Possible way to dismantle secrecy regime
Dr. Abdullah Al Faruque
In every democratic society, right to information is considered as a pivotal instrument of democratic governance and potential tool of accountability and transparency of public administration. The notion of right to information is logical extension of the freedom of expression and thought -- a core component of individual liberty and freedoms. Many countries have either incorporated right to information as a fundamental human right or adopted specific legislation on it or amended existing secrecy laws to promote freedom of information in line with emerging trend of openness in government activities. Freedom of information may facilitate to attain fundamental goals of democratic governance like transparency, accountability, educating public of the civic sense and responsibilities. On the other hand, constraints on the disclosure of information create considerable hardship in the way of individual's understanding of his role in a democratic society. Access to information also promotes popular control and political equality and enhances the quality of decision making process. In the age of globalisation, information is treated as public good and therefore, should be disseminated as much as possible for the self-realisation of individual. Through access to information people can make informed decision and hold public bodies accountable, which in turn can prevent corruption and mismanagement of resources.
In our country, information is generally withheld on the ground of state security and public interest under the legal rubric. The existing laws and procedures like the Official Secrets Act, 1923, Evidence Act, 1872, Rules of Business, the Government Servant (Conduct) Rules, 1979 create legal regime on secrecy that deny access to information. But the emerging trends of public interest dictate that information which concerns individuals' needs and necessary to their civil and personal freedoms should be accessible to the public at large. There is a growing realization that public interest will be served in the best possible manner by ensuring public access to information which relates one's basic needs such as health, environment, education or the reasons of arrest etc. Therefore, a specific and comprehensive legislation on right to information is imperative for legal recognition of access to information relating to functioning of public authorities and public bodies.
A separate law on right to information is considered as the best possible way to facilitate access to information. An enabling legislation can make a shift from official secrecy regime to one of freedom of information. The specific legislation for right to information is needed for two reasons: to get information as a legally enforceable right and to case a positive obligation upon the public authorities to ensure access to information. Enactment of specific law can also break the entrenched tradition of secrecy that has been developed by the several existing laws and bureaucratic culture that promotes secrecy.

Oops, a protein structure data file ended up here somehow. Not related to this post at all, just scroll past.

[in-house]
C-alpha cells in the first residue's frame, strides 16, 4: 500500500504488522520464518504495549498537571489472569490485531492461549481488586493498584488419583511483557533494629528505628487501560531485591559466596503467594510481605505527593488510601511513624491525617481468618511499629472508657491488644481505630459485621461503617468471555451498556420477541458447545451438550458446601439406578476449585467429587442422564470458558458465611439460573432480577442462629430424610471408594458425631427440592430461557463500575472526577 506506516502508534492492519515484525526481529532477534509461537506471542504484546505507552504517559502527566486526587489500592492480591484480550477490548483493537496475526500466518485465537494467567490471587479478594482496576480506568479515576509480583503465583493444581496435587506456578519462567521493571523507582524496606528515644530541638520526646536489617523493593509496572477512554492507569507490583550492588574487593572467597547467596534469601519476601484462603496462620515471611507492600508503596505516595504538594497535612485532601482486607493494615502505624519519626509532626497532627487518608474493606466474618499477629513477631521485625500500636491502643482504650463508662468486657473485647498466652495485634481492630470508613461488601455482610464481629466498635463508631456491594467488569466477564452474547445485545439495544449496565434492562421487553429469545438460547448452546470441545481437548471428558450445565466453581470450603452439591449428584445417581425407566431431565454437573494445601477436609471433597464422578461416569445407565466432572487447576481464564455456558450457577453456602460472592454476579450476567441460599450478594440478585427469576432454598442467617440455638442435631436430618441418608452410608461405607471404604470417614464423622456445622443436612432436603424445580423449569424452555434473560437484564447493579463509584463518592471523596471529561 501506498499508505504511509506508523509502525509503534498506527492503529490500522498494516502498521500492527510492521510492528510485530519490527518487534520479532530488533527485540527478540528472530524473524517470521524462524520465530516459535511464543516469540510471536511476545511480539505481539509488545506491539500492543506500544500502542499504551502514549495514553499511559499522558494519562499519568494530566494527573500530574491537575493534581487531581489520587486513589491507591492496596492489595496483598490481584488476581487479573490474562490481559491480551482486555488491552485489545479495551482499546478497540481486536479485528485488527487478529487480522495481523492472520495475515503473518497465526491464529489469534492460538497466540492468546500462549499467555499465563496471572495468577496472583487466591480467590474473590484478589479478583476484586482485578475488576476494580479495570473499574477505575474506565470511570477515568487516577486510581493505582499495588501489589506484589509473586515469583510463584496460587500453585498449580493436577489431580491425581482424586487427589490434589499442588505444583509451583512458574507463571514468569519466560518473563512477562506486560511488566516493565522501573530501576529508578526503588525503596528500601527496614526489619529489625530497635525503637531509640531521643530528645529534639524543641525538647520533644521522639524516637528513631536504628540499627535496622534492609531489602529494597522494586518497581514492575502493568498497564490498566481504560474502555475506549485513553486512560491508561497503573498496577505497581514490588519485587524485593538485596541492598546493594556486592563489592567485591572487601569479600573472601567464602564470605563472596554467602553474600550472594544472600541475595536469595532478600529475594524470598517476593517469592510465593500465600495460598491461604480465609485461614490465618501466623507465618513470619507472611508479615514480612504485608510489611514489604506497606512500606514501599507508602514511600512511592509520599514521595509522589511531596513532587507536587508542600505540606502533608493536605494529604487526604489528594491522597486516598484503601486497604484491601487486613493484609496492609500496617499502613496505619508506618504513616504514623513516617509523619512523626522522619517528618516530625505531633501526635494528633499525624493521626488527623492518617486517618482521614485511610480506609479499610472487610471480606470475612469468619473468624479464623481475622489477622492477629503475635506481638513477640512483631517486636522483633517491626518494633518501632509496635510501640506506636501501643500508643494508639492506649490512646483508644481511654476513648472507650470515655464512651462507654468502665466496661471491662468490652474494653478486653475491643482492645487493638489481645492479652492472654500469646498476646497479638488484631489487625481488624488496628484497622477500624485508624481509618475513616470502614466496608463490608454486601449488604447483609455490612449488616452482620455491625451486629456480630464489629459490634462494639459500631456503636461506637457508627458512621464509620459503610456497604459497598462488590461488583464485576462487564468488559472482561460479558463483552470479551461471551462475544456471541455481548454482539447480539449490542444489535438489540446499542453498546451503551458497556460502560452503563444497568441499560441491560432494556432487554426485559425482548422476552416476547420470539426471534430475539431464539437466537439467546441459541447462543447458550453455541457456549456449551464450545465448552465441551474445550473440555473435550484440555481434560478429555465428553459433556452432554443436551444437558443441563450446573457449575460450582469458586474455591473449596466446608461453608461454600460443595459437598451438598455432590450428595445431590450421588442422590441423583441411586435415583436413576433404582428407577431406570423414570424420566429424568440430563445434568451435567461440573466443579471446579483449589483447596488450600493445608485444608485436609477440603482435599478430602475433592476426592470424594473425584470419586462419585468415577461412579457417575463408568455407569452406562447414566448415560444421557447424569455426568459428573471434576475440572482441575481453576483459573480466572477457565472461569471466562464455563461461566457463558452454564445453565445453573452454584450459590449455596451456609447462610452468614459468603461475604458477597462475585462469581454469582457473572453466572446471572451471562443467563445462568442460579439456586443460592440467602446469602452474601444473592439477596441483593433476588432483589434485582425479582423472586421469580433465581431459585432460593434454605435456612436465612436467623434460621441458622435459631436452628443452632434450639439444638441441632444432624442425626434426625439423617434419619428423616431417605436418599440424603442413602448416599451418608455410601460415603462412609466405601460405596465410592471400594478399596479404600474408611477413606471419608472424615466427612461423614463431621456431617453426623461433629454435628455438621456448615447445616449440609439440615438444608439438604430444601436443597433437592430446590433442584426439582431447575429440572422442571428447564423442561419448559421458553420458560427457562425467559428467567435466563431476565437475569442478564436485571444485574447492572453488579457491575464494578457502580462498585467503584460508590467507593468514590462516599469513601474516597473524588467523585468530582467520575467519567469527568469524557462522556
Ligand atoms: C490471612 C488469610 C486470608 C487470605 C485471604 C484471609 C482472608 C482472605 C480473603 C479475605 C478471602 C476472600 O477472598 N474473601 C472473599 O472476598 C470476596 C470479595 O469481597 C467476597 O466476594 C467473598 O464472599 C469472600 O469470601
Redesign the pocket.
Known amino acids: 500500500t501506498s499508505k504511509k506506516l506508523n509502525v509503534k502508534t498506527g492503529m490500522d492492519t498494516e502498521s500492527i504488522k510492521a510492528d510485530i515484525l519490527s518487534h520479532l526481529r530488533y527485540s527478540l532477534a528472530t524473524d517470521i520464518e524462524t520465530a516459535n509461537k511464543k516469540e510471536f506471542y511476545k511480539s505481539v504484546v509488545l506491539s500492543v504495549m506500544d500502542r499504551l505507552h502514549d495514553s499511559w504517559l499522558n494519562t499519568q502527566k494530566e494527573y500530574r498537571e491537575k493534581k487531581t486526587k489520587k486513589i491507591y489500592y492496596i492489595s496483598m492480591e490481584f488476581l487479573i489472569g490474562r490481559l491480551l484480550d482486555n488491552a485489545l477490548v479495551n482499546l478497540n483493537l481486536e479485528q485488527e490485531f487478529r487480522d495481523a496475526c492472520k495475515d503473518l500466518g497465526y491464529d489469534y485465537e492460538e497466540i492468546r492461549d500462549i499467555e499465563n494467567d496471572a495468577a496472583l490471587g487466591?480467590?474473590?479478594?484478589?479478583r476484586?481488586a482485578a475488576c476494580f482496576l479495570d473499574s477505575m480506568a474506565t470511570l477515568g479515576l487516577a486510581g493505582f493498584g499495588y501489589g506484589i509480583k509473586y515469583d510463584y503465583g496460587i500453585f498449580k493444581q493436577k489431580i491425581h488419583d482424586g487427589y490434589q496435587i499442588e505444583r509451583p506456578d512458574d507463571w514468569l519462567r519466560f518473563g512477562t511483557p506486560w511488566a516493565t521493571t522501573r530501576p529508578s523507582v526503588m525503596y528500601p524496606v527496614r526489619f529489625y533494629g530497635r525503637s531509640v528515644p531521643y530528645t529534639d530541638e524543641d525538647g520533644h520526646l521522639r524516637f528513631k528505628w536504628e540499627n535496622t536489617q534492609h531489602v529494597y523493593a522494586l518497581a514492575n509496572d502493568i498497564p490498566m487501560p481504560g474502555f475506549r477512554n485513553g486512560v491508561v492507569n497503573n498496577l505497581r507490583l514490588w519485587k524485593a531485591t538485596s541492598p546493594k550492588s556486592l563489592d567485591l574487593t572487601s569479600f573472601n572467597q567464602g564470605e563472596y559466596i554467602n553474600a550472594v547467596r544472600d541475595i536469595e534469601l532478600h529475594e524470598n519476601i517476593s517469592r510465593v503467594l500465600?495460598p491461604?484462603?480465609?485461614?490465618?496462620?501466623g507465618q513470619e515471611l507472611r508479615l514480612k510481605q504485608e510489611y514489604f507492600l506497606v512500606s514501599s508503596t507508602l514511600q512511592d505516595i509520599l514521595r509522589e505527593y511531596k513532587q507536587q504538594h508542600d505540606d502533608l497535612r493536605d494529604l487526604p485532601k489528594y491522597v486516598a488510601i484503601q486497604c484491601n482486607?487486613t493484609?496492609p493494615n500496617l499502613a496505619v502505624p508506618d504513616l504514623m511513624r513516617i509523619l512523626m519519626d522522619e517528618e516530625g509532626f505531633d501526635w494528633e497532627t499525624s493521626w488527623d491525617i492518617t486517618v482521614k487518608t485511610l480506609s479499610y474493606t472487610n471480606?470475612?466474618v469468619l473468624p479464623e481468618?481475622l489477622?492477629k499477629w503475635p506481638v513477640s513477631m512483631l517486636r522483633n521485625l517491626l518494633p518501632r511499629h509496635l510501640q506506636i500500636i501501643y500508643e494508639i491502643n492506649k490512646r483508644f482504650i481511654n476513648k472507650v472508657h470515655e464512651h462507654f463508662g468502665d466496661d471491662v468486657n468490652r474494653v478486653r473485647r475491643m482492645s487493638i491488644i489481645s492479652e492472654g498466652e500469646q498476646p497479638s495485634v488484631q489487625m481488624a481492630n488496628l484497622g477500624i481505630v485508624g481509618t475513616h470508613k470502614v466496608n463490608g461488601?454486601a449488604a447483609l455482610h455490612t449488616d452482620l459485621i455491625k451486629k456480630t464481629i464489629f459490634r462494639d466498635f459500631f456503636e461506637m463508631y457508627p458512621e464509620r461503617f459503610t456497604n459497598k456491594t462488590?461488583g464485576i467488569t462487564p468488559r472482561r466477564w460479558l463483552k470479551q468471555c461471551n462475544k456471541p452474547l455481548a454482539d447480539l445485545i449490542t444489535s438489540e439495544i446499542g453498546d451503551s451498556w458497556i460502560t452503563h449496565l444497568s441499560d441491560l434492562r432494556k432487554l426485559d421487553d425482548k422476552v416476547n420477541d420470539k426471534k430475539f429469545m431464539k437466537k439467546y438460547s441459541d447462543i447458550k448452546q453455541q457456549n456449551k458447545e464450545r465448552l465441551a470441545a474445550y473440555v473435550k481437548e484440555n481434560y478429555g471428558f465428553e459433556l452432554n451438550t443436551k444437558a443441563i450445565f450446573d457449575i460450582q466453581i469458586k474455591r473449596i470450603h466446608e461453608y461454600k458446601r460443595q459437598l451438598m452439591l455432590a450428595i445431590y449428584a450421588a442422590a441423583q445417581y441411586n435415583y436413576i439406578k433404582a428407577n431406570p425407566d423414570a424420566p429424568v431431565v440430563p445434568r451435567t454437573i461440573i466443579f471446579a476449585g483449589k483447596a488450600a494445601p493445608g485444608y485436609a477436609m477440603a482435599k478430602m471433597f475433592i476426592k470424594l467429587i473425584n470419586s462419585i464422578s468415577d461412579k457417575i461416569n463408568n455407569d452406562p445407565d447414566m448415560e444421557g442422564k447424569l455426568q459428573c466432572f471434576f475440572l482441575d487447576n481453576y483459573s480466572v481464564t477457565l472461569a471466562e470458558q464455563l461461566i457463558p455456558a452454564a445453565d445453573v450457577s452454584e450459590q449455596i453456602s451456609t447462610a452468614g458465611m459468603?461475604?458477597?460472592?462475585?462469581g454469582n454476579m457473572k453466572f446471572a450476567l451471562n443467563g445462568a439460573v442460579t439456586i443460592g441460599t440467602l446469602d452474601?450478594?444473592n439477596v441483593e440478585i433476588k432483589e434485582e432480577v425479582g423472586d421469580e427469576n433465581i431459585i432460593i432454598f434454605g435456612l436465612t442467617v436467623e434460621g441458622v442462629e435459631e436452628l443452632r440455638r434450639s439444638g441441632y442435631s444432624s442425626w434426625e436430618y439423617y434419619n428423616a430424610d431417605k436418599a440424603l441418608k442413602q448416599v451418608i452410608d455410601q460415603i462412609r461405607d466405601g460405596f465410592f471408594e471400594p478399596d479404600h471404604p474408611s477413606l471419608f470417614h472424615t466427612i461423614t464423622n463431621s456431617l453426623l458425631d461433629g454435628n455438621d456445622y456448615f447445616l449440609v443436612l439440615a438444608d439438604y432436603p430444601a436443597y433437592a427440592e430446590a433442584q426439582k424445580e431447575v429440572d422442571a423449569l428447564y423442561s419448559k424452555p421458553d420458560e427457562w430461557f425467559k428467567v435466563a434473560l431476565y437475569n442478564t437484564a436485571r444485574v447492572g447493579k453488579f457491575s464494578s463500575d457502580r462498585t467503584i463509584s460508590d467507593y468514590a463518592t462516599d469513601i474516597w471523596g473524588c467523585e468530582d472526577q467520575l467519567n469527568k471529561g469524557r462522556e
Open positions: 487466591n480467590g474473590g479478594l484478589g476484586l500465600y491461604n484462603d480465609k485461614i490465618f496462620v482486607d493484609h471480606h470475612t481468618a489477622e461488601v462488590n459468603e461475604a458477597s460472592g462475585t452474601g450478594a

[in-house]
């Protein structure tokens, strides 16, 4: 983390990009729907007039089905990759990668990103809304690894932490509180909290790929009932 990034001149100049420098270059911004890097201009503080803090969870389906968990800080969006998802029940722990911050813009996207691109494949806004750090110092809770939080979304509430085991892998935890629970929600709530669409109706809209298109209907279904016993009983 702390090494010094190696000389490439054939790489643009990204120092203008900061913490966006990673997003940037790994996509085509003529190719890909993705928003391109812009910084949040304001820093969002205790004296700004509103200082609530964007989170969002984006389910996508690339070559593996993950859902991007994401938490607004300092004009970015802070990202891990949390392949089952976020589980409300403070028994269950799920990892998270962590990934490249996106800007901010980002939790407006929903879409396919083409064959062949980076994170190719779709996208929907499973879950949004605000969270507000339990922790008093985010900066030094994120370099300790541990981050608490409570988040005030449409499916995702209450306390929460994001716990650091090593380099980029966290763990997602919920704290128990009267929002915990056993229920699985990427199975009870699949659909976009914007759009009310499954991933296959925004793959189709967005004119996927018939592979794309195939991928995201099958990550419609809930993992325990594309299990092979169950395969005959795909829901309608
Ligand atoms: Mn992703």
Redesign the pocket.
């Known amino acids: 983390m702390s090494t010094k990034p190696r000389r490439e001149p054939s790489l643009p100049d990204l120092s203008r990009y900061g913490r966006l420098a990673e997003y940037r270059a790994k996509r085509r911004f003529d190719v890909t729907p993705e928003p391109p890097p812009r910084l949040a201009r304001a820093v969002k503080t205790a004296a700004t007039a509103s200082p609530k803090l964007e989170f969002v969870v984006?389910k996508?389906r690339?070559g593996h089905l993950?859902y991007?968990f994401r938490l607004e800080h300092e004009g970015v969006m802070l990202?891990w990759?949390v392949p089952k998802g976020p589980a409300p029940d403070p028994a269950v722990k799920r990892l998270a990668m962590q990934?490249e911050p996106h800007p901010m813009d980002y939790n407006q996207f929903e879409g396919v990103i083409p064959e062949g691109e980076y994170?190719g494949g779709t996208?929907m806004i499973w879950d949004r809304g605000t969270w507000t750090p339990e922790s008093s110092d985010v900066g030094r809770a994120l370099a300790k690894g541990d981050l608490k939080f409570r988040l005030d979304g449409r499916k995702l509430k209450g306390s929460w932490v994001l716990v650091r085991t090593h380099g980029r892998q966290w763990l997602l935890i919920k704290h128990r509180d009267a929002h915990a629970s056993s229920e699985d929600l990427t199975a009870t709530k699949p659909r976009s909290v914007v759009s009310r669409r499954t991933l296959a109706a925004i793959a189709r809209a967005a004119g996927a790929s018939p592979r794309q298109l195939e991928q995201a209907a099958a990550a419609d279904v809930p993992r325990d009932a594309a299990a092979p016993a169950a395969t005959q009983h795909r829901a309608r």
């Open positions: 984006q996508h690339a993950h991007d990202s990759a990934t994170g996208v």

In this regard, draft law prepared by a group of very reputed legal experts and lawyers under the auspices of Manusher Jonno Foundation -- a governance and human rights based NGO, is very timely initiative and sets a benchmark in formulating legislation on right to information. The draft law is very comprehensive, and covers most of the aspects of the issues involved.
The draft has the following salient features:
*positive duty on public authorities to disclose information regarding their activities;
*provision of giving information on payment of fees;
*institutional framework for implementation of the Act;
*Criminal liability for refusal to provide information by public authorities without just cause;
*Broader definition of information;
*Clear definition of public authorities and their defined responsibilities regarding disclosure of information;
*Timely release of information;
*Overriding effect of proposed legislation on Official Secrets Act, 1923 and other laws/rules having provisions of secrecy;
*Striking a delicate balance between public interest and individual rights by providing exemptions from disclosure of information;
*Establishment of an institutional mechanism called 'Information Commission' and its well defined powers and functions;
*Accountability of the 'Information Commission' through submission of the annual report;
*The law provides procedure for access to information as well as procedure for providing information.